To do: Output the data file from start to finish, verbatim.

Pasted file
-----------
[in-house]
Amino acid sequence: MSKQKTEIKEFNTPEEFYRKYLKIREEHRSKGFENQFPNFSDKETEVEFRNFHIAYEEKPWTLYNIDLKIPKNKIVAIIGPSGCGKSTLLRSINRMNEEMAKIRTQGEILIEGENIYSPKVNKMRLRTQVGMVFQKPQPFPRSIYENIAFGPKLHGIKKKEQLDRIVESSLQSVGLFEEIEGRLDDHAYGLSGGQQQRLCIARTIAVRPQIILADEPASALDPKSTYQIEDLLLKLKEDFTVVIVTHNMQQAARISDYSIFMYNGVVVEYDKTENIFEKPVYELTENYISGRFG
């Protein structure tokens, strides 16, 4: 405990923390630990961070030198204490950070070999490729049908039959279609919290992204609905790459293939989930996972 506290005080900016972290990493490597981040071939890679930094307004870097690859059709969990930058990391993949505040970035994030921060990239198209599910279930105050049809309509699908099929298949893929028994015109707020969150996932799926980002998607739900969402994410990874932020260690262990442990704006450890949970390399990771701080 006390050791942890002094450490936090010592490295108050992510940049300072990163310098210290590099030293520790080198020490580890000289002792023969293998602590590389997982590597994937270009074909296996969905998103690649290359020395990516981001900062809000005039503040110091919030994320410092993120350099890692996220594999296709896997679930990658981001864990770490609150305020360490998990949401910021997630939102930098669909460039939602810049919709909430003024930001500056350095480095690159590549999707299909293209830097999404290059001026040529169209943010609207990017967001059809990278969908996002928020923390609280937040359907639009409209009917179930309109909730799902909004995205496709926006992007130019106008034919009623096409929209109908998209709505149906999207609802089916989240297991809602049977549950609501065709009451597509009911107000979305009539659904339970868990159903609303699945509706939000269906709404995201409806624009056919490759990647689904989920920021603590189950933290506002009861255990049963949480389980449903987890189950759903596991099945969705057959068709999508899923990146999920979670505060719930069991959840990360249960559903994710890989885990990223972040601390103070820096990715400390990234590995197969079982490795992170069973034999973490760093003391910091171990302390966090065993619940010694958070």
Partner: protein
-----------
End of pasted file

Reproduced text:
[in-house]
Amino acid sequence: MSKQKTEIKEFNTPEEFYRKYLKIREEHRSKGFENQFPNFSDKETEVEFRNFHIAYEEKPWTLYNIDLKIPKNKIVAIIGPSGCGKSTLLRSINRMNEEMAKIRTQGEILIEGENIYSPKVNKMRLRTQVGMVFQKPQPFPRSIYENIAFGPKLHGIKKKEQLDRIVESSLQSVGLFEEIEGRLDDHAYGLSGGQQQRLCIARTIAVRPQIILADEPASALDPKSTYQIEDLLLKLKEDFTVVIVTHNMQQAARISDYSIFMYNGVVVEYDKTENIFEKPVYELTENYISGRFG
């Protein structure tokens, strides 16, 4: 405990923390630990961070030198204490950070070999490729049908039959279609919290992204609905790459293939989930996972 506290005080900016972290990493490597981040071939890679930094307004870097690859059709969990930058990391993949505040970035994030921060990239198209599910279930105050049809309509699908099929298949893929028994015109707020969150996932799926980002998607739900969402994410990874932020260690262990442990704006450890949970390399990771701080 006390050791942890002094450490936090010592490295108050992510940049300072990163310098210290590099030293520790080198020490580890000289002792023969293998602590590389997982590597994937270009074909296996969905998103690649290359020395990516981001900062809000005039503040110091919030994320410092993120350099890692996220594999296709896997679930990658981001864990770490609150305020360490998990949401910021997630939102930098669909460039939602810049919709909430003024930001500056350095480095690159590549999707299909293209830097999404290059001026040529169209943010609207990017967001059809990278969908996002928020923390609280937040359907639009409209009917179930309109909730799902909004995205496709926006992007130019106008034919009623096409929209109908998209709505149906999207609802089916989240297991809602049977549950609501065709009451597509009911107000979305009539659904339970868990159903609303699945509706939000269906709404995201409806624009056919490759990647689904989920920021603590189950933290506002009861255990049963949480389980449903987890189950759903596991099945969705057959068709999508899923990146999920979670505060719930069991959840990360249960559903994710890989885990990223972040601390103070820096990715400390990234590995197969079982490795992170069973034999973490760093003391910091171990302390966090065993619940010694958070």
Partner: protein